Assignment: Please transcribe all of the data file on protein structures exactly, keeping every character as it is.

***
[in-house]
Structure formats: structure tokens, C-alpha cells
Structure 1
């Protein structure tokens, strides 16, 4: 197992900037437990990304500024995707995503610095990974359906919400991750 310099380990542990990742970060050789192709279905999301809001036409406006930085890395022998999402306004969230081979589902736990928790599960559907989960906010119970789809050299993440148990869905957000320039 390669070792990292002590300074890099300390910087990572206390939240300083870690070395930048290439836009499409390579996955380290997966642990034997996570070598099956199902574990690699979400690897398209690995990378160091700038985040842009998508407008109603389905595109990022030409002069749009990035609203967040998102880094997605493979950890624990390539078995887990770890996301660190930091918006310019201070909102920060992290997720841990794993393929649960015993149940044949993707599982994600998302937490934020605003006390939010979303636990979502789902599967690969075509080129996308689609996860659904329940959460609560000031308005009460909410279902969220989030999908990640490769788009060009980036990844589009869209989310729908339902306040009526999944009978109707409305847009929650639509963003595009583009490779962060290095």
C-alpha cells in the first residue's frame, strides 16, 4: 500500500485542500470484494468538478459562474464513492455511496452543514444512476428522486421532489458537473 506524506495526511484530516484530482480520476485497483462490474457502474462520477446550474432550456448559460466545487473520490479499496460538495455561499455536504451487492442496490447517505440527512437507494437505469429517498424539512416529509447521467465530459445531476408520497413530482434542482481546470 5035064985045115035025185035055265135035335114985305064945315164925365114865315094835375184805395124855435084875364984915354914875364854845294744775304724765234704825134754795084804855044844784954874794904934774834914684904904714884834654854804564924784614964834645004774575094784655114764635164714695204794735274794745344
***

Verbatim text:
[in-house]
Structure formats: structure tokens, C-alpha cells
Structure 1
């Protein structure tokens, strides 16, 4: 197992900037437990990304500024995707995503610095990974359906919400991750 310099380990542990990742970060050789192709279905999301809001036409406006930085890395022998999402306004969230081979589902736990928790599960559907989960906010119970789809050299993440148990869905957000320039 390669070792990292002590300074890099300390910087990572206390939240300083870690070395930048290439836009499409390579996955380290997966642990034997996570070598099956199902574990690699979400690897398209690995990378160091700038985040842009998508407008109603389905595109990022030409002069749009990035609203967040998102880094997605493979950890624990390539078995887990770890996301660190930091918006310019201070909102920060992290997720841990794993393929649960015993149940044949993707599982994600998302937490934020605003006390939010979303636990979502789902599967690969075509080129996308689609996860659904329940959460609560000031308005009460909410279902969220989030999908990640490769788009060009980036990844589009869209989310729908339902306040009526999944009978109707409305847009929650639509963003595009583009490779962060290095």
C-alpha cells in the first residue's frame, strides 16, 4: 500500500485542500470484494468538478459562474464513492455511496452543514444512476428522486421532489458537473 506524506495526511484530516484530482480520476485497483462490474457502474462520477446550474432550456448559460466545487473520490479499496460538495455561499455536504451487492442496490447517505440527512437507494437505469429517498424539512416529509447521467465530459445531476408520497413530482434542482481546470 5035064985045115035025185035055265135035335114985305064945315164925365114865315094835375184805395124855435084875364984915354914875364854845294744775304724765234704825134754795084804855044844784954874794904934774834914684904904714884834654854804564924784614964834645004774575094784655114764635164714695204794735274794745344